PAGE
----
Turkish army, Kurds, Syria
The Turkish army launched a military operation into northern Syria, on the Turkey-Syria border, on October 9, 2019. Photo credit: © Turkish Defense Ministry/ZUMA Wire

Getting into northeastern Syria is easier than staying there. Turkey is about to find out — and the ultimate winners are likely to be ISIS and the Assad regime

Turkey has now embarked on its grand plan of taking over northern Syria, crushing a fragile experiment in radical democracy that US allies have been building there and resettling the area with refugees. But the Turkish invasion is likely to backfire, experts say, with US enemies ranging from ISIS to Russia, Iran, and the Syrian regime standing to gain the most.

Syria is already a quagmire that would bring headache to any occupier — a major reason why President Donald Trump decided to pull US troops out of the Turks’ way on Sunday — and Turkey can count on little support from its traditional NATO allies. In fact, it already faces “sanctions from hell” by Congress over its operation, as Senator Lindsey Graham (R-SC), the sponsor of a new sanctions bill against Ankara, put it in a tweet.

Turkish President Recep Tayyip Erdogan, who renewed his threats to flood Europe with refugees in response to criticism over the operation, has domestic reasons to embark on his dangerous adventure. His party, in power for over a decade and a half, lost the country’s largest cities in municipal elections a few months ago.

“A war always helps unite people on the home front by stirring up nationalism,” Jenny White, a prominent Turkey analyst at Stockholm University, told WhoWhatWhy. She nevertheless noted that Turkey, which has fought a four-decade Kurdish insurgency on its soil, has legitimate concerns about the emergence of a Kurdish statelet in northern Syria.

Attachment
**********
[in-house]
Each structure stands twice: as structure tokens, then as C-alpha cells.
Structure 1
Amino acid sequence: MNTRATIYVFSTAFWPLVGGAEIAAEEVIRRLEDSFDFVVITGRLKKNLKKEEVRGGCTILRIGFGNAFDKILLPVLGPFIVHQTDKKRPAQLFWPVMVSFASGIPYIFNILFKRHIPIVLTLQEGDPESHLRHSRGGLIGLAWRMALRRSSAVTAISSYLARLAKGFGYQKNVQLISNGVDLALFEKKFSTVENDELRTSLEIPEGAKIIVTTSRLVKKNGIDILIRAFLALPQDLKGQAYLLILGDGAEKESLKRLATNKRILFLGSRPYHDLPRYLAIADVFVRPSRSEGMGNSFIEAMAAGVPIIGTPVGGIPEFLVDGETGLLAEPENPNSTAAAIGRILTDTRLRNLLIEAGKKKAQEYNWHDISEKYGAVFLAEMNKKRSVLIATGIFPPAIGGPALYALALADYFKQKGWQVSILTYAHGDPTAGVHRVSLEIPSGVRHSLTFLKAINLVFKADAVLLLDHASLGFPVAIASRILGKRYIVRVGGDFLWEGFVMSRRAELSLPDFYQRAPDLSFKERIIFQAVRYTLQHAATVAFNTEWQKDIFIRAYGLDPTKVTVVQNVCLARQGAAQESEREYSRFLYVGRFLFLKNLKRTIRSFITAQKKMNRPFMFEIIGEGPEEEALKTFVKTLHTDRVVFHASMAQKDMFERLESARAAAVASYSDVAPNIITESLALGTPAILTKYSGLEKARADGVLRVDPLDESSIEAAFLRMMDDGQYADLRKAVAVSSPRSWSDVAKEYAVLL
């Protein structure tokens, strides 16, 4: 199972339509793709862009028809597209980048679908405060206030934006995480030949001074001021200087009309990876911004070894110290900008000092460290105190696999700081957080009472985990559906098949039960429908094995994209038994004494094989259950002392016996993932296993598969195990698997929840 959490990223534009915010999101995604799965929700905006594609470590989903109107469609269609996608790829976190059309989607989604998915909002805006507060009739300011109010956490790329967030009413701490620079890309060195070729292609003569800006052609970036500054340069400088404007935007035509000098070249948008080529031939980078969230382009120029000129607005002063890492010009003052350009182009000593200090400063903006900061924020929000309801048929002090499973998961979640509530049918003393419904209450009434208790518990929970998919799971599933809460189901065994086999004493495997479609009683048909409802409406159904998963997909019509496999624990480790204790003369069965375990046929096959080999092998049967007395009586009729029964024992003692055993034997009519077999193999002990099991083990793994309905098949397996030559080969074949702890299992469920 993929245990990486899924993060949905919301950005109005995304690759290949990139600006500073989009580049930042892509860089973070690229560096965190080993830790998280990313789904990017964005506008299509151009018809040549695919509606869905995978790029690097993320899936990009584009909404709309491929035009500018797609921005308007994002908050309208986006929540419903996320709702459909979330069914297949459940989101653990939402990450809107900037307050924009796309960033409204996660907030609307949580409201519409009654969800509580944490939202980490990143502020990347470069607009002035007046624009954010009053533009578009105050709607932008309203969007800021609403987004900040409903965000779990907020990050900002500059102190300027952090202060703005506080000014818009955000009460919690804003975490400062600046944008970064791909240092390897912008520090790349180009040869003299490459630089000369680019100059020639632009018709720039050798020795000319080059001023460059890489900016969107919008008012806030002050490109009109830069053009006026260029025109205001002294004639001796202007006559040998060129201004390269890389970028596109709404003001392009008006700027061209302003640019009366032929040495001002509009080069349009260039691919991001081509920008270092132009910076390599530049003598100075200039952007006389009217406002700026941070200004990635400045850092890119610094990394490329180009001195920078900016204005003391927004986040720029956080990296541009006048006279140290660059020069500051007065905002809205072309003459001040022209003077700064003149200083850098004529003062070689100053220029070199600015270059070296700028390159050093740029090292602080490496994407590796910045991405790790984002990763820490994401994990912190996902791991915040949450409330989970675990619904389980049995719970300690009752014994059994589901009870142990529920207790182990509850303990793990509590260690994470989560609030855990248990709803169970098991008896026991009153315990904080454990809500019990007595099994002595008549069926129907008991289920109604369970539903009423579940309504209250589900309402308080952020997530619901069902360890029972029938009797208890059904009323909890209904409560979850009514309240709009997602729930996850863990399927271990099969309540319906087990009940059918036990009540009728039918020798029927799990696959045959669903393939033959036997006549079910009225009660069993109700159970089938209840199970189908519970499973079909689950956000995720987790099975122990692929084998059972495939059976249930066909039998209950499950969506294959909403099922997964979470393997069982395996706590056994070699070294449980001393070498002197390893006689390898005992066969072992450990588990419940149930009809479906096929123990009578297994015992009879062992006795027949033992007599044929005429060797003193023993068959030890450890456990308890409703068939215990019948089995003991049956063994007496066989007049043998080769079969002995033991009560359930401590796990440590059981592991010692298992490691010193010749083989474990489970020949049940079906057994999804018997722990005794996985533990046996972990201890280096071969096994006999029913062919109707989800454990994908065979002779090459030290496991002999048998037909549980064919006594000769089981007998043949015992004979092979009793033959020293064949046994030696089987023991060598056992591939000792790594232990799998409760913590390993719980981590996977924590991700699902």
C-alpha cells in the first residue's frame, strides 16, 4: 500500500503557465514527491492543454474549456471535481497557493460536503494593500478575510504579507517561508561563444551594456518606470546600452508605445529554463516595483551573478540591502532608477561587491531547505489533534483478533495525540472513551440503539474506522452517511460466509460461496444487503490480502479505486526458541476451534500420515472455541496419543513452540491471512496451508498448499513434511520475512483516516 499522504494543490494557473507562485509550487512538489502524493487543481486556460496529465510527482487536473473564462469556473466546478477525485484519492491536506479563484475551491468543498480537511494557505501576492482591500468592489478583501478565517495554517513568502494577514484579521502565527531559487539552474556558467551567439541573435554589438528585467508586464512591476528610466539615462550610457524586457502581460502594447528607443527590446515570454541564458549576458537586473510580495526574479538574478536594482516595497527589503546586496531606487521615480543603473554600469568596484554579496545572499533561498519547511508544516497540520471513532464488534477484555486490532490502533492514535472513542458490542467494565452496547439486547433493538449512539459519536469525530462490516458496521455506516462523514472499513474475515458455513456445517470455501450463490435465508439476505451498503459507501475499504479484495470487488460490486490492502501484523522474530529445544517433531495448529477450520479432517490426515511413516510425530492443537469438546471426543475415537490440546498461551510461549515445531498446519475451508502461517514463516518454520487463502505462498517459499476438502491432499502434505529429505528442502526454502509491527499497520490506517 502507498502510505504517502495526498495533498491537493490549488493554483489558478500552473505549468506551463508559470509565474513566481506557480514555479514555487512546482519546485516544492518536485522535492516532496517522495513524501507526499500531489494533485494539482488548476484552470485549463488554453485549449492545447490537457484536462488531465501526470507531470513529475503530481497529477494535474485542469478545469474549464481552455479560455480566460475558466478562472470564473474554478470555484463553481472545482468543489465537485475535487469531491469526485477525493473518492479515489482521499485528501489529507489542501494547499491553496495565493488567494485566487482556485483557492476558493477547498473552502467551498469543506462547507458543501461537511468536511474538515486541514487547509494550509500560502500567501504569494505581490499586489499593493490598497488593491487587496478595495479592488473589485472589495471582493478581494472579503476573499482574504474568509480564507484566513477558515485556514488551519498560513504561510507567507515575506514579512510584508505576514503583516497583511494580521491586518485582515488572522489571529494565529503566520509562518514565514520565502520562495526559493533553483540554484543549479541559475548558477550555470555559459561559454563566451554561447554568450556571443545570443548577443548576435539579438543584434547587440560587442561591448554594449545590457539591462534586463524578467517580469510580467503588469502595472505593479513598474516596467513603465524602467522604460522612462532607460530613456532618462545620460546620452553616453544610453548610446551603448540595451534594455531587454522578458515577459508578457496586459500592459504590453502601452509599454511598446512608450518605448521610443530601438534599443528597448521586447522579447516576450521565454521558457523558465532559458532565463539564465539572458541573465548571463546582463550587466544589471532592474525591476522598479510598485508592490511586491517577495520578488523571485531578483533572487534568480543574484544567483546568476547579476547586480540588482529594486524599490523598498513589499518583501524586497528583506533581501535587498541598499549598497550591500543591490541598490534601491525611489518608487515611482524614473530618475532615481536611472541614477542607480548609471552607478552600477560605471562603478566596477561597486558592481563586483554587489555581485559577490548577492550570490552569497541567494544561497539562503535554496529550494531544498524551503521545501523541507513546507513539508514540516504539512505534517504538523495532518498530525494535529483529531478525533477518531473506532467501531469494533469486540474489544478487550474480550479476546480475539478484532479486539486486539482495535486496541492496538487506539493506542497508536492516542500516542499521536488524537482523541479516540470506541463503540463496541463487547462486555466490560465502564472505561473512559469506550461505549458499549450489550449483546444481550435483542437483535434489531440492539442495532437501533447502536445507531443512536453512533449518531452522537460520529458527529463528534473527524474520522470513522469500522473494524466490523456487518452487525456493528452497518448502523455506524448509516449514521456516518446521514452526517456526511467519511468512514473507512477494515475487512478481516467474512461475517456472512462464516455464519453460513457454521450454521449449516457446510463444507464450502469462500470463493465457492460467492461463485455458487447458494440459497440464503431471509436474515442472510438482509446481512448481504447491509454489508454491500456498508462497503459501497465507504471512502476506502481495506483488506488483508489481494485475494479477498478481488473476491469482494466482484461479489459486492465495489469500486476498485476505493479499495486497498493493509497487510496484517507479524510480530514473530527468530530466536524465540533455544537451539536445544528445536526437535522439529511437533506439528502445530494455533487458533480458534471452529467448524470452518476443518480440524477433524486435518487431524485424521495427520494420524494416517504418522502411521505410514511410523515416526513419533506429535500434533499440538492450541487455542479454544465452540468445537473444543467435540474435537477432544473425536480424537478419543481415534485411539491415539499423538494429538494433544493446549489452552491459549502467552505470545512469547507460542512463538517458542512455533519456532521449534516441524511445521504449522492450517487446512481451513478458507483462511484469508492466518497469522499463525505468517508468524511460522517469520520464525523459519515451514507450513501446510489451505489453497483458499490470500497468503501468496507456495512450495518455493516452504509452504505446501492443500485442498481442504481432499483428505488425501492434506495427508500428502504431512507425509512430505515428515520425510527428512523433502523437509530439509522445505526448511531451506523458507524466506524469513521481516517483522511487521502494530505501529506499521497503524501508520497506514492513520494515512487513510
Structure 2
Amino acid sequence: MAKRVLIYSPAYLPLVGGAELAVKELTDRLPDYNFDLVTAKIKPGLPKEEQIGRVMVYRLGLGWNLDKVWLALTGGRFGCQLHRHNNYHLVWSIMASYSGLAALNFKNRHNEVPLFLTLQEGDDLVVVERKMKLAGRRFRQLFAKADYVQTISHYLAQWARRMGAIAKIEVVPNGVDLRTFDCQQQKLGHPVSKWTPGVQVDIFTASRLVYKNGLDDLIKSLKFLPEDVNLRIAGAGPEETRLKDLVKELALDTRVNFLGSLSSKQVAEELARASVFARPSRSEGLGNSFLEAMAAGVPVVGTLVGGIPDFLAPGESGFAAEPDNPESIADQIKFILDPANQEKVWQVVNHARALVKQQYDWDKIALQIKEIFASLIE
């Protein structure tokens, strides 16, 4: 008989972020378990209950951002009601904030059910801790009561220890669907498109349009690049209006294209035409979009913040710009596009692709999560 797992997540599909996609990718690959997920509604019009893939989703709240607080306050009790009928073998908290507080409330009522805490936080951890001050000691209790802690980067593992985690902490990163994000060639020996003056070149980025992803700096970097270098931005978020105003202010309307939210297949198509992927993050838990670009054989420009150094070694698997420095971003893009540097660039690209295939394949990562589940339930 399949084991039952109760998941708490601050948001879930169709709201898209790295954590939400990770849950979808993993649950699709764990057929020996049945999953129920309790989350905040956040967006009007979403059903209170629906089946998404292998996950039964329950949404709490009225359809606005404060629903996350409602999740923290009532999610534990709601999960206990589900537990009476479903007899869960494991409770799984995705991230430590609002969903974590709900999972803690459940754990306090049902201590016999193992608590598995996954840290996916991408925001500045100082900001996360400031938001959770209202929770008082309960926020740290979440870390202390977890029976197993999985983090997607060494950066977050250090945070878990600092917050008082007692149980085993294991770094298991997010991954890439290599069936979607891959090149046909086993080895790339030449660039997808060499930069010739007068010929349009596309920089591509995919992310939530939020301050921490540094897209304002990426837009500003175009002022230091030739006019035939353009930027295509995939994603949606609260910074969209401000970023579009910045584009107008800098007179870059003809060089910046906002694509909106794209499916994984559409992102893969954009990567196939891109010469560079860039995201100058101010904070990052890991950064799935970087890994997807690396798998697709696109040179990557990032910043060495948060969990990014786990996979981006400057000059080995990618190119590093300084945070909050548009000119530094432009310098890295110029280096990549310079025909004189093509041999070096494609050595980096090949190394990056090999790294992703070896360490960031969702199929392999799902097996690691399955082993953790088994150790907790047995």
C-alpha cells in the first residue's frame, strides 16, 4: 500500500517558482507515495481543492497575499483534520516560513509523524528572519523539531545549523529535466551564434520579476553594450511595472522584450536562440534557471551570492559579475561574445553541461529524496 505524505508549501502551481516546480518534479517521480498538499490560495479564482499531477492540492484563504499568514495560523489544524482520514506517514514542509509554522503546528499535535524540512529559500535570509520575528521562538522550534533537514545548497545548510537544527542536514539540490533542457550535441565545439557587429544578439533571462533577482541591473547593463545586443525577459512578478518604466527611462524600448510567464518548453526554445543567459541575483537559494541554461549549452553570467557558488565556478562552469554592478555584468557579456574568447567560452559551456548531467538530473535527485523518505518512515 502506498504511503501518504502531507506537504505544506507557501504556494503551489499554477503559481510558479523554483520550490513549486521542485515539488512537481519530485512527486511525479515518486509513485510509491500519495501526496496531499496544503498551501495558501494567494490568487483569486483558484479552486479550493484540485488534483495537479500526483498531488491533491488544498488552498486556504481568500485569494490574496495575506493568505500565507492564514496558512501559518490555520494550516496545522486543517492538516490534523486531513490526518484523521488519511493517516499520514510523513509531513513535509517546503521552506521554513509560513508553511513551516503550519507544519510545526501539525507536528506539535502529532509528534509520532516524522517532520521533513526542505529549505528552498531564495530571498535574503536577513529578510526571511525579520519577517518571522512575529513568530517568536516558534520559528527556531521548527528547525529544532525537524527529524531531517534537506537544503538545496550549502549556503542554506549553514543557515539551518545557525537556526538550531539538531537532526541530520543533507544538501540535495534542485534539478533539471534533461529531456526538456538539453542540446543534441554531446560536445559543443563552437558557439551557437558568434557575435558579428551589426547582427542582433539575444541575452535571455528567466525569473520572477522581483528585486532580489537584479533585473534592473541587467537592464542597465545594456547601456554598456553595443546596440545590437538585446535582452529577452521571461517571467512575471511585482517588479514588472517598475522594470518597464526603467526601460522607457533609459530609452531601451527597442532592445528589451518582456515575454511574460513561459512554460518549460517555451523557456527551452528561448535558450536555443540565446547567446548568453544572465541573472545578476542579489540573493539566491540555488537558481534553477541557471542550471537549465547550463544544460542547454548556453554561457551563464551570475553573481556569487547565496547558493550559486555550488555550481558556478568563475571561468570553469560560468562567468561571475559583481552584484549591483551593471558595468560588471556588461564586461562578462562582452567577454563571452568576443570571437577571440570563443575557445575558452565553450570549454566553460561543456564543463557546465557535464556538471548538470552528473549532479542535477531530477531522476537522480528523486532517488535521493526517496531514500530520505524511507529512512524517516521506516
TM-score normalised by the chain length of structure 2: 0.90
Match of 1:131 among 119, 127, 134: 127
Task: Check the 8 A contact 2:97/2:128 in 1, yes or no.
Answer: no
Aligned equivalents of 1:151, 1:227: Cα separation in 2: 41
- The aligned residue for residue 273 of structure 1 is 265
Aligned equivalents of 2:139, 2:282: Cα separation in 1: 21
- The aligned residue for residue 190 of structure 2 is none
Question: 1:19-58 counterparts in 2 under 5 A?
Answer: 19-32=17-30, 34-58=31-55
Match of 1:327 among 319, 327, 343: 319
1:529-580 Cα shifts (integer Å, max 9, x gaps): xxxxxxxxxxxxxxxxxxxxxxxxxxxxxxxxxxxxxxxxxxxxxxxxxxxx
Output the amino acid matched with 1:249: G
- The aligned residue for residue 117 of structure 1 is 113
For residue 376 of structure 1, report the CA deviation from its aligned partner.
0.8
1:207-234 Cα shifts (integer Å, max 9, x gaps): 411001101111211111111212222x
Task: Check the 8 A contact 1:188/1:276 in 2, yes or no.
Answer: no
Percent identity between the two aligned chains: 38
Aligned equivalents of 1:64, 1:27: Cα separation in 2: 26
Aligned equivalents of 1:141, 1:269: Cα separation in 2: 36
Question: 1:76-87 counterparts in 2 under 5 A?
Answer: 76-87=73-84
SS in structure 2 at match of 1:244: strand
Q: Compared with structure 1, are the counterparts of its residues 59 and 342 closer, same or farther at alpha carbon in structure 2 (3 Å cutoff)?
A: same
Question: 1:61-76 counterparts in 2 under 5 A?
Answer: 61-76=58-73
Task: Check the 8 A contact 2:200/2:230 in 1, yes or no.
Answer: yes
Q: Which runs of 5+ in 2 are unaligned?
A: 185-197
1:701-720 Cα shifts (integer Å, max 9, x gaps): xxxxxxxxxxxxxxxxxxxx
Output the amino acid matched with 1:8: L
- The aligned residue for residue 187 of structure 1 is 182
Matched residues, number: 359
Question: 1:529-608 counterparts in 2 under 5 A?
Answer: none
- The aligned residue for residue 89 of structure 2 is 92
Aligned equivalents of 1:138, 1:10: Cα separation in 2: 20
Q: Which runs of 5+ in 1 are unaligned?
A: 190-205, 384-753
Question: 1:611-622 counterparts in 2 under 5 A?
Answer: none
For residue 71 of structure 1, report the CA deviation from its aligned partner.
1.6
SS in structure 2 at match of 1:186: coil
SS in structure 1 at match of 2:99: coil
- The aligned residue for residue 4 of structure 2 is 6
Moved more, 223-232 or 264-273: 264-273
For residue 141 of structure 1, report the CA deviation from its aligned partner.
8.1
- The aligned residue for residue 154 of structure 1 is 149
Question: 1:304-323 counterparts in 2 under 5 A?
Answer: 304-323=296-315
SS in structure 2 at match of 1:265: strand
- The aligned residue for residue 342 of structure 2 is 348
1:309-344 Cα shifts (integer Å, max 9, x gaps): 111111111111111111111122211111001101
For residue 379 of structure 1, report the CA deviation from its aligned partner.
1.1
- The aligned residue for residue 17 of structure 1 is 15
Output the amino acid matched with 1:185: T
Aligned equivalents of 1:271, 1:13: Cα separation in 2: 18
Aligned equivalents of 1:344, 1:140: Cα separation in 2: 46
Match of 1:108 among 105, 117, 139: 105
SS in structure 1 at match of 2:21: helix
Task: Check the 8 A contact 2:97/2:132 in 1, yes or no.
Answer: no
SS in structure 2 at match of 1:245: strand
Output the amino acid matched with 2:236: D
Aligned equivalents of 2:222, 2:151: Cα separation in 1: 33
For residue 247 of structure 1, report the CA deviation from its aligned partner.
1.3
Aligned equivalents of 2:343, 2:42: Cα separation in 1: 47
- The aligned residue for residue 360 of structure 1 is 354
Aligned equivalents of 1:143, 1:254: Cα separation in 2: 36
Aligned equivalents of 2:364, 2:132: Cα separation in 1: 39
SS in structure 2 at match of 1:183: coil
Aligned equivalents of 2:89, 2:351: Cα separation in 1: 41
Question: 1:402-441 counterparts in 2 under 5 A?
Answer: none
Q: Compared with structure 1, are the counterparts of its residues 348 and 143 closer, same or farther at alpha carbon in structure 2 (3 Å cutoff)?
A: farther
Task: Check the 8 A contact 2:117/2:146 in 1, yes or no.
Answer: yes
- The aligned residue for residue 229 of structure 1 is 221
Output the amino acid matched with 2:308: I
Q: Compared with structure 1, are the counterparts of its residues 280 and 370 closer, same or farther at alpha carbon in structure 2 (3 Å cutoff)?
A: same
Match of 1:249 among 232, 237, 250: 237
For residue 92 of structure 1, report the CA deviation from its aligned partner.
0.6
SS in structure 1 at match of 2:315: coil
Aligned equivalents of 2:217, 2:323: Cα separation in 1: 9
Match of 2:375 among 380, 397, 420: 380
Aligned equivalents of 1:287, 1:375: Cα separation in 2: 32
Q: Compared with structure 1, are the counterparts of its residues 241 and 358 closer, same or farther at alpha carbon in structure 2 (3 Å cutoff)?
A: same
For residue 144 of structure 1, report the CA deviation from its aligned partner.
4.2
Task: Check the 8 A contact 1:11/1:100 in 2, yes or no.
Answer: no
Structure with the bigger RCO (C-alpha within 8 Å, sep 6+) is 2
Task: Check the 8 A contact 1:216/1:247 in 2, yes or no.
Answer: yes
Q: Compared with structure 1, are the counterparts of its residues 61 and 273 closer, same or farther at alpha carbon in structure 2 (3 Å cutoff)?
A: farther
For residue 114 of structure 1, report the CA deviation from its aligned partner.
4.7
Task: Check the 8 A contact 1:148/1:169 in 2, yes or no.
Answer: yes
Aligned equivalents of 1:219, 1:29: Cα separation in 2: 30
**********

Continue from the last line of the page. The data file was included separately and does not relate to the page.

“President Erdogan no doubt is counting on this war to regain some of the support he and his party have recently lost,” White added.

Yet it is so difficult to imagine a clear Turkish victory in Syria that some analysts doubt whether Erdogan is interested in more than just loudly rattling his saber.

“Turkish forces will most likely take [the towns of] Ras al-Ayn and Tel Abyad, stop there, and declare victory,” tweeted Dimitar Bechev, a prominent regional geopolitical expert at the University of North Carolina at Chapel Hill: “Lindsay [sic] Graham will take credit for stopping a takeover of the entire northeast Syrian region. Trump will too.”

It’s not that Turkey, which boasts the second-largest army in NATO, cannot take over northern Syria. It’s just that, once there, it will be a sitting duck for seasoned adversaries that include the Syrian government, Russia, Iran, and just about everyone else in the region. If there’s one extraordinary international achievement that Erdogan can already boast, it is that he has managed to unite Iran and Saudi Arabia in criticism of his operation. 

Border residents are hostile to the Turks and their local Arab allies, many of the latter radicalized rebels uncomfortably close to Al Qaeda in their ideology. In a 2018 rogue operation widely seen as a dress rehearsal for the current invasion, Turkey incurred widespread accusations of war crimesincluding by the UN, which nevertheless noted that Turkey’s direct involvement in specific acts of pillaging and ethnic cleansing was hard to prove.